While for a giant part of the world, Heinz is the face of ketchup, the American food processing company faced brutal competition when it launched its first product in India in the year 2000. There was already a territorial war going on between the homegrown subsidiary of Unilever and Swiss corporation Nestlé Maggi to stake their claim upon the oversaturated Indian palate. Close runners up vying for dominance of the sacred sauce were Capital Foods, Del Monte (formerly known as FieldFresh), and German company Dr. Oetker among other local competitors who were actively targeting their endorsements towards the mothers of school children from middle class families, often at the forefront of the buying decision.
Apart from other ketchup brands, the myriad chutneys inherent to the South Asian culinary ethos were already sufficiently filling in the need for dips with samosas and vadas, the flavours more attuned to our taste profiles. Identifying the need for a more piquant and authentically Indian concoction, Maggi pushed out the 'Hot and Sweet' sauce as an alternative to ketchup in 1986. With breathtaking success, this product inspired a comeback 'Tom-Chi' from Kissan in their attempt to serve a sauce infused with green chilis, for a spicy aftertaste.
Within barely five months of its launch, Tom-Chi's share in the market grew to 14 per cent against Maggi Hot & Sweet's 16 per cent, but the damage had already been done, 'Hot and Sweet' had found a place on the kitchen shelves alongside ketchup in many households in India purely because it was ahead of the game.
The response from Hindustan Unilever was served in technicolour and brimming with witty jingoism. Advertisements released in the 90s from Kissan were aimed at making boring, homemade food more appealing to children and young adults who famously detest bland vegetables like broccoli or breakfast preparations like rava upma. Driving at how their products were all-natural and made up of ‘100% real tomatoes’, ketchup brands like Kissan began raising the ante for replacing actual tomatoes in soups and gravies with their products. Maggi, on the other hand, hit back with the tagline of "It's different" that worked for the Indian audiences who appreciated the messaging of innovation and novelty.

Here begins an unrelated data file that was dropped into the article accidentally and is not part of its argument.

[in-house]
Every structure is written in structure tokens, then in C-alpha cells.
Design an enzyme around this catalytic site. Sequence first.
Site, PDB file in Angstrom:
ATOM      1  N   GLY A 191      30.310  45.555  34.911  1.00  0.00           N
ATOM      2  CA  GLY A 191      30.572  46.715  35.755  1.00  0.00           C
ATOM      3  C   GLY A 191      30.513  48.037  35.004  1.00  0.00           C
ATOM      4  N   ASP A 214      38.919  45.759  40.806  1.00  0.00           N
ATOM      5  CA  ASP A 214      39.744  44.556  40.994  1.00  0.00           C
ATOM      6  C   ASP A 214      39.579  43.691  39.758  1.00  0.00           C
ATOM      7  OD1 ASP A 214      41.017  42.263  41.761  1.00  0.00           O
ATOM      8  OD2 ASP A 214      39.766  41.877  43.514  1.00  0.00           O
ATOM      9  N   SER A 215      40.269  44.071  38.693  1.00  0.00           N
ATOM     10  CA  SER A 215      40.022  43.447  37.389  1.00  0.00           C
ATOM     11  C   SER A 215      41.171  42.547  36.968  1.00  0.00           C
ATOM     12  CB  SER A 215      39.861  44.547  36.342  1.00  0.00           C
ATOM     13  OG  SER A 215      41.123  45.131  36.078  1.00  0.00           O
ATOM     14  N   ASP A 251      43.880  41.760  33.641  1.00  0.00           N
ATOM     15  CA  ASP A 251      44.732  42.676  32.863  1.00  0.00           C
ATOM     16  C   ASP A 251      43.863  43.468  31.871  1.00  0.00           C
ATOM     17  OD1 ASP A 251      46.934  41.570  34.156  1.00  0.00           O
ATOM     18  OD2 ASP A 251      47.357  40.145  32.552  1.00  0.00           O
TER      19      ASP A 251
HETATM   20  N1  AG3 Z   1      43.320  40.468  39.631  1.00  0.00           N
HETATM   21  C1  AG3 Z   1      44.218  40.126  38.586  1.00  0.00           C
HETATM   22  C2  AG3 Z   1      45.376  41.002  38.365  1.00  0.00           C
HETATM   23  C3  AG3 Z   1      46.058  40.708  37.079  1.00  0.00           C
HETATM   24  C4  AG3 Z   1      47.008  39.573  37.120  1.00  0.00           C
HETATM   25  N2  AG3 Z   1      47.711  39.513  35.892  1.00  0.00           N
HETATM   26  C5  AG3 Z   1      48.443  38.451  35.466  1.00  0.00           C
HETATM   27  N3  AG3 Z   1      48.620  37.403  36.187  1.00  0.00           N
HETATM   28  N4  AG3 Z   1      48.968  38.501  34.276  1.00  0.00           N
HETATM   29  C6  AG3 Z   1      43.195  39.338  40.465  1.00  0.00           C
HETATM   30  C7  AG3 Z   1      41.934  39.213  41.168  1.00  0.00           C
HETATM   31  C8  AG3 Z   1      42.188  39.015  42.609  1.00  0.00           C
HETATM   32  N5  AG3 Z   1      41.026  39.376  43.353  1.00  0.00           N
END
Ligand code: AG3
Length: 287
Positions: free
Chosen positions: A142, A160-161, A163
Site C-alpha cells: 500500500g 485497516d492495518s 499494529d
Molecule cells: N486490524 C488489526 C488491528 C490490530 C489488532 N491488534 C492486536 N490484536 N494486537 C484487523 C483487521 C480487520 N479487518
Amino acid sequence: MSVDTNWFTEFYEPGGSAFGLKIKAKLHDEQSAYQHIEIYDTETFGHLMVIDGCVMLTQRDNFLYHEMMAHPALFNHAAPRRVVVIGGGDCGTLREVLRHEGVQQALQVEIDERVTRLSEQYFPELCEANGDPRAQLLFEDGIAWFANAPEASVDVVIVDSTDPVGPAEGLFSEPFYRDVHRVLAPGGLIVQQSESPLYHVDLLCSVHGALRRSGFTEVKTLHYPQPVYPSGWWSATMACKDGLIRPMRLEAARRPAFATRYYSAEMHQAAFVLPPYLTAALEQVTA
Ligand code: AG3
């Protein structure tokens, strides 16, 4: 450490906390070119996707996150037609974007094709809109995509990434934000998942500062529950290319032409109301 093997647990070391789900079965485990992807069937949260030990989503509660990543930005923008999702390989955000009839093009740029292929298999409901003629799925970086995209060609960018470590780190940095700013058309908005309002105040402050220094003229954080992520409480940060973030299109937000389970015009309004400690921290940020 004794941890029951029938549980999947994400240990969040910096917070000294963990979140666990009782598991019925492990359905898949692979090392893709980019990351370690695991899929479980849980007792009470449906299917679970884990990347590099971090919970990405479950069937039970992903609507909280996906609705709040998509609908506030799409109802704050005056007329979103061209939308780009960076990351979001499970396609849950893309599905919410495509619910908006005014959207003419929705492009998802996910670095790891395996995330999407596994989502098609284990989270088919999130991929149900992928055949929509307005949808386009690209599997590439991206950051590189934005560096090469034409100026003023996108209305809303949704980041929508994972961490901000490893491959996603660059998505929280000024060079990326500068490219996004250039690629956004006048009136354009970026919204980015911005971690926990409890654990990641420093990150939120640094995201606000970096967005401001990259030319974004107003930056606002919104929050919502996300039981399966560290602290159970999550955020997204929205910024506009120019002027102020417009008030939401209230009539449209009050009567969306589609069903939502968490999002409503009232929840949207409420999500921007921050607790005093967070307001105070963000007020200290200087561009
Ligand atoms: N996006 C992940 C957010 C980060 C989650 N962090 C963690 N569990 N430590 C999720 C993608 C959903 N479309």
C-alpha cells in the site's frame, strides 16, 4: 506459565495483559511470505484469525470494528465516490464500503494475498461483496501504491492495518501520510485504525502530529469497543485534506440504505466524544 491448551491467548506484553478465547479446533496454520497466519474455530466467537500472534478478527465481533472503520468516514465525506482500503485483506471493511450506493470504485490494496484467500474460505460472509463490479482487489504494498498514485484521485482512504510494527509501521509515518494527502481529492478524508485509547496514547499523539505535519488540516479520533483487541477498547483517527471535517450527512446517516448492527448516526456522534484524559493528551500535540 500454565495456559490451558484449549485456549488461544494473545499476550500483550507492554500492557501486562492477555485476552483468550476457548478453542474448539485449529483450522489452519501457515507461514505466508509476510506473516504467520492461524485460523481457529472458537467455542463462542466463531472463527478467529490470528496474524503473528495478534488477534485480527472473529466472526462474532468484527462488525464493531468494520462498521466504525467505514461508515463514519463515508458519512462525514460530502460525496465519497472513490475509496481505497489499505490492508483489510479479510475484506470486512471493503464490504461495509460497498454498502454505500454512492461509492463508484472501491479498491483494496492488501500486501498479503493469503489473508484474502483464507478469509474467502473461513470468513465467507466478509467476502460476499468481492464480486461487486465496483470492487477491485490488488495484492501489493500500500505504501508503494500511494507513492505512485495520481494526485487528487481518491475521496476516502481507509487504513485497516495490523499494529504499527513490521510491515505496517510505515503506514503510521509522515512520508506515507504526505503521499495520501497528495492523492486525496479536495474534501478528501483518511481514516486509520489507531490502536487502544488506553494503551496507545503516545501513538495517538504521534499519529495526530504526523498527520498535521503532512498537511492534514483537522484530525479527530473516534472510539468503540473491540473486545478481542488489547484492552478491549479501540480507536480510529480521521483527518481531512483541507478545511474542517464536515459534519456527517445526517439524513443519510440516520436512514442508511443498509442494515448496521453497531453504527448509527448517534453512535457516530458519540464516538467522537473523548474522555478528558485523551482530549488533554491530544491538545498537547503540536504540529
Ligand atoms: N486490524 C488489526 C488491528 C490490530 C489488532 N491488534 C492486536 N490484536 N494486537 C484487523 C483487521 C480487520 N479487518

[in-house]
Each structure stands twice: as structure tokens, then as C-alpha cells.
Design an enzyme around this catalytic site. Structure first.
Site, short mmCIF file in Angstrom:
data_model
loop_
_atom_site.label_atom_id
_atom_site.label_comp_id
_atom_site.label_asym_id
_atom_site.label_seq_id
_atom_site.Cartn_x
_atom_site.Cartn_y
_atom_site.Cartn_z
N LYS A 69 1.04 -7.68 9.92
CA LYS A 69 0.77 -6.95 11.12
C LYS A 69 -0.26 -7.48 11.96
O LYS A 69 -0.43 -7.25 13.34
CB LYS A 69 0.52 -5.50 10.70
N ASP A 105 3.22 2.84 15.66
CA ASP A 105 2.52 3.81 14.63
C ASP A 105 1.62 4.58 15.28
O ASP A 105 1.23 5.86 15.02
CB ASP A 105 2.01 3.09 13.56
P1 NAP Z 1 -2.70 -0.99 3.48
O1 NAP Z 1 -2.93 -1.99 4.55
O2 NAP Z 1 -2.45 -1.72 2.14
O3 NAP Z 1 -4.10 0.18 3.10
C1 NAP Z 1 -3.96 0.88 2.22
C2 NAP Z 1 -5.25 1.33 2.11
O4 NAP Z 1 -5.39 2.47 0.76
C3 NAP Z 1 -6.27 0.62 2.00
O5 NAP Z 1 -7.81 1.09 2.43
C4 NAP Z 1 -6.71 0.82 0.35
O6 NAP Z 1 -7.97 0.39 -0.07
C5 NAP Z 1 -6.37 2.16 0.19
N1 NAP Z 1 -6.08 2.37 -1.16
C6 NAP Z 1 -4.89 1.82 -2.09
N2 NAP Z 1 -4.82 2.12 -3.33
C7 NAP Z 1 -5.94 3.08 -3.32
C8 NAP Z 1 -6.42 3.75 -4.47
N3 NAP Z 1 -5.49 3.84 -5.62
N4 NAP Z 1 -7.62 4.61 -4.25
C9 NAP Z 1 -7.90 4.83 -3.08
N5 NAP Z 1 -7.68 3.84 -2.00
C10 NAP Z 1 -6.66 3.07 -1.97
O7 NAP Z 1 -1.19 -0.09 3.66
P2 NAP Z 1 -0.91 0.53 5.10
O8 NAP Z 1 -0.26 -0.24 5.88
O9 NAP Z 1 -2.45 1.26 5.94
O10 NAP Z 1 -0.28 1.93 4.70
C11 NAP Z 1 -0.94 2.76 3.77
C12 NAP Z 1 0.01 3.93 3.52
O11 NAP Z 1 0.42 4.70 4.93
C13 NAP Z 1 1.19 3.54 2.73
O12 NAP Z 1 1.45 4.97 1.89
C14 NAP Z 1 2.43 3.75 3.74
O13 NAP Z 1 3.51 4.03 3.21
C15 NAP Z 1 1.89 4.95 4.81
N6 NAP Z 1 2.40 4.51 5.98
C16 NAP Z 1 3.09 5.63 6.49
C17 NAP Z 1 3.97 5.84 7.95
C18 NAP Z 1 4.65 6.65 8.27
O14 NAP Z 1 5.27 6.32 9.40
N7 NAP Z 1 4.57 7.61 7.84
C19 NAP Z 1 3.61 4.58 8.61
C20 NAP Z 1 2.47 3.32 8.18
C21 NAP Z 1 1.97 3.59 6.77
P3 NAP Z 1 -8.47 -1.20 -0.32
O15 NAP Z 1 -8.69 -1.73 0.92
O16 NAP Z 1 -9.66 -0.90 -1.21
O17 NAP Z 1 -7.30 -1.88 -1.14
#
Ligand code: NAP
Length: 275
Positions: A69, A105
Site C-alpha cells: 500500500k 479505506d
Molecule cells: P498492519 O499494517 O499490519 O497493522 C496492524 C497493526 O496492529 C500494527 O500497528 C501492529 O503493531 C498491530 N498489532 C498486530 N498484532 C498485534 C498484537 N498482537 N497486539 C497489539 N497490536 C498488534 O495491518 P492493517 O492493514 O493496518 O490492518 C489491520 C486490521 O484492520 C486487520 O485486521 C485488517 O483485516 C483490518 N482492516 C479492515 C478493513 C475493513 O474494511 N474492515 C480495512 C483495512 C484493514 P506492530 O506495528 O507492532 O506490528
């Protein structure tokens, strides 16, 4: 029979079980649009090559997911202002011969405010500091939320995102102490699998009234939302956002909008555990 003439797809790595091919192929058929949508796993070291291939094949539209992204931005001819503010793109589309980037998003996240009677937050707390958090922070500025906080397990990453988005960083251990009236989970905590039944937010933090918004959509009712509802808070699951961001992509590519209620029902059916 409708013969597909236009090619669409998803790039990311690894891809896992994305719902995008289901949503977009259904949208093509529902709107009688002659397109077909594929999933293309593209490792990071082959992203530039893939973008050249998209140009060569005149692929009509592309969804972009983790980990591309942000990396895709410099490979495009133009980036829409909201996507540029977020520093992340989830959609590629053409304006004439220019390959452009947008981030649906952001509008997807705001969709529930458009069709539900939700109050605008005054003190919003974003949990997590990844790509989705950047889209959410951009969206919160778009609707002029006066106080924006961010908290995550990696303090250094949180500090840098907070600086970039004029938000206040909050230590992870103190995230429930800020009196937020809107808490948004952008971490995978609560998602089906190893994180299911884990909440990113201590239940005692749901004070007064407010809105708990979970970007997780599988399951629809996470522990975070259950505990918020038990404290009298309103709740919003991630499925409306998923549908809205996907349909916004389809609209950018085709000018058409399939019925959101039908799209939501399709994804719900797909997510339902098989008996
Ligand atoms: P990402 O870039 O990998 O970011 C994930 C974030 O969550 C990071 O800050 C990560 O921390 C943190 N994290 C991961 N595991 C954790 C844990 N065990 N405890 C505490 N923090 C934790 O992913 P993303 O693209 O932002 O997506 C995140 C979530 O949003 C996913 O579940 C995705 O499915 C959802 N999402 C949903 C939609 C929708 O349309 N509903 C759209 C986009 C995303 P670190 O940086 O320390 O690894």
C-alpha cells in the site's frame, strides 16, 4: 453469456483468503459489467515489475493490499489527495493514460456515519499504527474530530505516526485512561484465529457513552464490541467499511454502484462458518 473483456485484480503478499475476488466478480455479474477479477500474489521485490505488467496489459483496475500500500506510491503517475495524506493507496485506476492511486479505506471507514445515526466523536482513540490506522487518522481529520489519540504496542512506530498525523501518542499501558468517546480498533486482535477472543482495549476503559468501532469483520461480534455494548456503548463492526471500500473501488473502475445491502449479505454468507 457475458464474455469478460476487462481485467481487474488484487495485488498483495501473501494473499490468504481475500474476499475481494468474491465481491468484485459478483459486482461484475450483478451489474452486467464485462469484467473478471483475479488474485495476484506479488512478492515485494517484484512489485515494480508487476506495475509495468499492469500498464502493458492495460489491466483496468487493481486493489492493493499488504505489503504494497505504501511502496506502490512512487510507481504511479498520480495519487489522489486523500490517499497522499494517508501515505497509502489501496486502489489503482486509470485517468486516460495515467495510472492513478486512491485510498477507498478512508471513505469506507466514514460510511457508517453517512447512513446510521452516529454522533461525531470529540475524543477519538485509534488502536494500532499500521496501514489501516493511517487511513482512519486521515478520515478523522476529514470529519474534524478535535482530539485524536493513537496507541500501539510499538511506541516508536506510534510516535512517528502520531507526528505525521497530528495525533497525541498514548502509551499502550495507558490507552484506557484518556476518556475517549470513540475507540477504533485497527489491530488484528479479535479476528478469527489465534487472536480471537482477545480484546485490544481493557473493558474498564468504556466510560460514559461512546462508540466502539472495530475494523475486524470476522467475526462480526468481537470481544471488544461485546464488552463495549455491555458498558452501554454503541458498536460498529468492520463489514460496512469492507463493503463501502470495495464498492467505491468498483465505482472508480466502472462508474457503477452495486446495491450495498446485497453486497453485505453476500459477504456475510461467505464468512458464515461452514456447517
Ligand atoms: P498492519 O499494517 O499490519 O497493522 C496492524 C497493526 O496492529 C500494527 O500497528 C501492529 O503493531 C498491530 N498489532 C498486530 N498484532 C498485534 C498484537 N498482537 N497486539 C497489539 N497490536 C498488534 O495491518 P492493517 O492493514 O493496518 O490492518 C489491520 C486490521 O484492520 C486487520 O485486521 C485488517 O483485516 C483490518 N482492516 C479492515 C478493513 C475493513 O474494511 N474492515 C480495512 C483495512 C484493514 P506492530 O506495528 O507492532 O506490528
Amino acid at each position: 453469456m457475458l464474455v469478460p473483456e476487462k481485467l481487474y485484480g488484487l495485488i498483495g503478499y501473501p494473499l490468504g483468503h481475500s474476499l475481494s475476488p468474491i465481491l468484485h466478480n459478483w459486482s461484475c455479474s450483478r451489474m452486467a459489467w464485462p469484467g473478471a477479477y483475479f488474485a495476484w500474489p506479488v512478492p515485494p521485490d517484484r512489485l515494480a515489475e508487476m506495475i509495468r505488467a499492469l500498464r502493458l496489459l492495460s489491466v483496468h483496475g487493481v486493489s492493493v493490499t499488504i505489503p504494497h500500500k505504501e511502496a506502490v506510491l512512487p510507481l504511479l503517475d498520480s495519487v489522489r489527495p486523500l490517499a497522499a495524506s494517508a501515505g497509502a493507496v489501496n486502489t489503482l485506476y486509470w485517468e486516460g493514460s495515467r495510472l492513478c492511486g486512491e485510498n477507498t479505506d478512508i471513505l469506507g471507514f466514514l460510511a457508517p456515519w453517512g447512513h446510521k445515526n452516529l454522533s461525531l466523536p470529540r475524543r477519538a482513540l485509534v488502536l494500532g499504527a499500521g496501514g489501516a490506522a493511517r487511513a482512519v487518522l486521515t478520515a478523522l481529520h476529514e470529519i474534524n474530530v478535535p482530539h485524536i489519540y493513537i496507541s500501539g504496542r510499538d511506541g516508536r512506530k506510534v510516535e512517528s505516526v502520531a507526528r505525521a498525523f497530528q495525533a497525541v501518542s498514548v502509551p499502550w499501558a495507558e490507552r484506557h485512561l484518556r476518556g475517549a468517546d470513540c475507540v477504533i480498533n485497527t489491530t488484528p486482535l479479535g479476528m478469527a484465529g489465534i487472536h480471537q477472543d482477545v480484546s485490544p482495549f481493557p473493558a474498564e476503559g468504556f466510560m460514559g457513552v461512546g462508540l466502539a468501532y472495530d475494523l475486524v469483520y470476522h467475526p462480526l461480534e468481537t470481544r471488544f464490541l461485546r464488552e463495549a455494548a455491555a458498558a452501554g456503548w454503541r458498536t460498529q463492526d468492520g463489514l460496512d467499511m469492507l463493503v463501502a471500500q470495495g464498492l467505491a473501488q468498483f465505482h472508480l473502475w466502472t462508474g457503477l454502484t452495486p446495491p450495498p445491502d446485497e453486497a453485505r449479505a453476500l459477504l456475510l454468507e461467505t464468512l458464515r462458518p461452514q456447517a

Pitched as the 'ketchup wars' by the legacy media at the turn of the millennium, there were also no-garlic and no-tomato variants released by both major brands to captivate the vegetarian and Jain communities, as strides were made to diversify their appeal. Trade wars of this nature have an intriguing ability to unravel the cultural patterns of their time.
Like so many imports from the West, ketchup embodied the uniquely American virtues of being mass-produced, convenient and malleable to any type of cuisine. This was after all, the golden age of packaged food and condiment sachets, a veritable bacchanalia of pop tarts and ready-to-serve breakfast waffles.
The global history of ketchup even came full circle when it resurfaced in East Asian kitchens again as the inspiration for sweet-and-sour chicken and a substitute for tamarind in pad thai noodles. During its circumnavigation, this sauce had changed the face of food culture forever, and more countries aside from France had begun noticing the pitfalls of addiction to ketchup. It was really the high concentration of sugar that was ringing the alarm bells. But nevertheless, ketchup will remain a classical episode in the history of our culinary journey, as omnipresent as fizzy cola.